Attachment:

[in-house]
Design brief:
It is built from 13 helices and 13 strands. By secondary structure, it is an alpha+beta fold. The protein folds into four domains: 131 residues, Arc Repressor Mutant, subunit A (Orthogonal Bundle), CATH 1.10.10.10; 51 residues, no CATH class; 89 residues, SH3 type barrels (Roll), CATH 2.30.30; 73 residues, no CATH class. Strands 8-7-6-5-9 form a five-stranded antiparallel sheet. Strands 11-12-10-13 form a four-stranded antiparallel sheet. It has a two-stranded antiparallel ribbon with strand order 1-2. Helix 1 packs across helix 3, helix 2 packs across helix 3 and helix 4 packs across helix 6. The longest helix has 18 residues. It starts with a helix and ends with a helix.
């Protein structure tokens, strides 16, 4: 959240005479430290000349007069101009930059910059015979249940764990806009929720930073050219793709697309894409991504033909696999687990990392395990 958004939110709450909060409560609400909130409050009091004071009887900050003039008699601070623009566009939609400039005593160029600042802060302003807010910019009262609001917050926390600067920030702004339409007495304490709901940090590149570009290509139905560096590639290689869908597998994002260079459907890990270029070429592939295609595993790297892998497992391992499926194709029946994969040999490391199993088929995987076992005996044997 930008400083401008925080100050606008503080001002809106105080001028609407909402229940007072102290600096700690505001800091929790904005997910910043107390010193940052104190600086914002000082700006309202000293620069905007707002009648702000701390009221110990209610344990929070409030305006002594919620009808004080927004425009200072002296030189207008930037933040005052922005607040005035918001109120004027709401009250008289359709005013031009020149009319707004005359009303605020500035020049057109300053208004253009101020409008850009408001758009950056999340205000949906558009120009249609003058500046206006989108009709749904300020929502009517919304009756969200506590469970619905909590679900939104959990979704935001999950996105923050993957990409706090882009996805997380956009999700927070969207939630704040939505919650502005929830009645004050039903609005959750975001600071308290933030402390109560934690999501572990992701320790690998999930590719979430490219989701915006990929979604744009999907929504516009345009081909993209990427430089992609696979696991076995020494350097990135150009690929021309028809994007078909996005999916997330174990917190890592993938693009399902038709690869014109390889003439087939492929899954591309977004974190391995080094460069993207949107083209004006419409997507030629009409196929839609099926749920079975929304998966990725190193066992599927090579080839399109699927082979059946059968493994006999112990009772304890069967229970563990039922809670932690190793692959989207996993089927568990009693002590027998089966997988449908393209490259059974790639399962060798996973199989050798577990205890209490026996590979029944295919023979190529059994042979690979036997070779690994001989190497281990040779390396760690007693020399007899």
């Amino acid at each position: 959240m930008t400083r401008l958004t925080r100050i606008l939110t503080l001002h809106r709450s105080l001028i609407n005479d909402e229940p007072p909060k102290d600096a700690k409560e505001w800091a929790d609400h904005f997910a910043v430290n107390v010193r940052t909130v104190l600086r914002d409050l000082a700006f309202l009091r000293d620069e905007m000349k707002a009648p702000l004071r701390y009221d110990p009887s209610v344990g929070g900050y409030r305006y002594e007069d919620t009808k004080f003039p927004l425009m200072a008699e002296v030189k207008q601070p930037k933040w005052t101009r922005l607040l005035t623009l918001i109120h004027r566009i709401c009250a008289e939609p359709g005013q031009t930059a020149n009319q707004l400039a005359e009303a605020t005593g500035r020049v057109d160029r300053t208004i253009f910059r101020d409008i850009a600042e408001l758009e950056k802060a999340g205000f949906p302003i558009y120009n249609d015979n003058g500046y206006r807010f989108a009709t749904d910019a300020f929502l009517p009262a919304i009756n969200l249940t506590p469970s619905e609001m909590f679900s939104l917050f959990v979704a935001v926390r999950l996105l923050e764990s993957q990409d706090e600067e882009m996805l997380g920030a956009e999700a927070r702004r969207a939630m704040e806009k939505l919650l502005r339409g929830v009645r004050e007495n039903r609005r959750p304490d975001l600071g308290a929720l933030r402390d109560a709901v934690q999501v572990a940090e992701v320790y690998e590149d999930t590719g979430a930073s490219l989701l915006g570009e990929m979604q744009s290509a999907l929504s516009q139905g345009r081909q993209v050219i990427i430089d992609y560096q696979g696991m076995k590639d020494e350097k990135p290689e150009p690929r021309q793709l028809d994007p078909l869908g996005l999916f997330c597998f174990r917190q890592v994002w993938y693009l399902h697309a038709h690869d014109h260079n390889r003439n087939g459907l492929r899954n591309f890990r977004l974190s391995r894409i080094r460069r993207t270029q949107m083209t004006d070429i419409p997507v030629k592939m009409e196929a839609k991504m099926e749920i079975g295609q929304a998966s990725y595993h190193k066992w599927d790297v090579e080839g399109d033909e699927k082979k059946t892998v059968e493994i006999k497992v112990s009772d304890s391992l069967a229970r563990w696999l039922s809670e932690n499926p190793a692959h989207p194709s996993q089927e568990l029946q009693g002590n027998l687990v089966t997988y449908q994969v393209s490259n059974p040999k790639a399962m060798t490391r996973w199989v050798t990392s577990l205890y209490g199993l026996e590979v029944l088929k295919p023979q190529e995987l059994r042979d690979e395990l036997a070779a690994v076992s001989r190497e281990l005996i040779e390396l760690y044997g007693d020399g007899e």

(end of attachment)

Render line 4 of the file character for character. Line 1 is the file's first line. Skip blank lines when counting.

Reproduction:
């Protein structure tokens, strides 16, 4: 959240005479430290000349007069101009930059910059015979249940764990806009929720930073050219793709697309894409991504033909696999687990990392395990 958004939110709450909060409560609400909130409050009091004071009887900050003039008699601070623009566009939609400039005593160029600042802060302003807010910019009262609001917050926390600067920030702004339409007495304490709901940090590149570009290509139905560096590639290689869908597998994002260079459907890990270029070429592939295609595993790297892998497992391992499926194709029946994969040999490391199993088929995987076992005996044997 930008400083401008925080100050606008503080001002809106105080001028609407909402229940007072102290600096700690505001800091929790904005997910910043107390010193940052104190600086914002000082700006309202000293620069905007707002009648702000701390009221110990209610344990929070409030305006002594919620009808004080927004425009200072002296030189207008930037933040005052922005607040005035918001109120004027709401009250008289359709005013031009020149009319707004005359009303605020500035020049057109300053208004253009101020409008850009408001758009950056999340205000949906558009120009249609003058500046206006989108009709749904300020929502009517919304009756969200506590469970619905909590679900939104959990979704935001999950996105923050993957990409706090882009996805997380956009999700927070969207939630704040939505919650502005929830009645004050039903609005959750975001600071308290933030402390109560934690999501572990992701320790690998999930590719979430490219989701915006990929979604744009999907929504516009345009081909993209990427430089992609696979696991076995020494350097990135150009690929021309028809994007078909996005999916997330174990917190890592993938693009399902038709690869014109390889003439087939492929899954591309977004974190391995080094460069993207949107083209004006419409997507030629009409196929839609099926749920079975929304998966990725190193066992599927090579080839399109699927082979059946059968493994006999112990009772304890069967229970563990039922809670932690190793692959989207996993089927568990009693002590027998089966997988449908393209490259059974790639399962060798996973199989050798577990205890209490026996590979029944295919023979190529059994042979690979036997070779690994001989190497281990040779390396760690007693020399007899």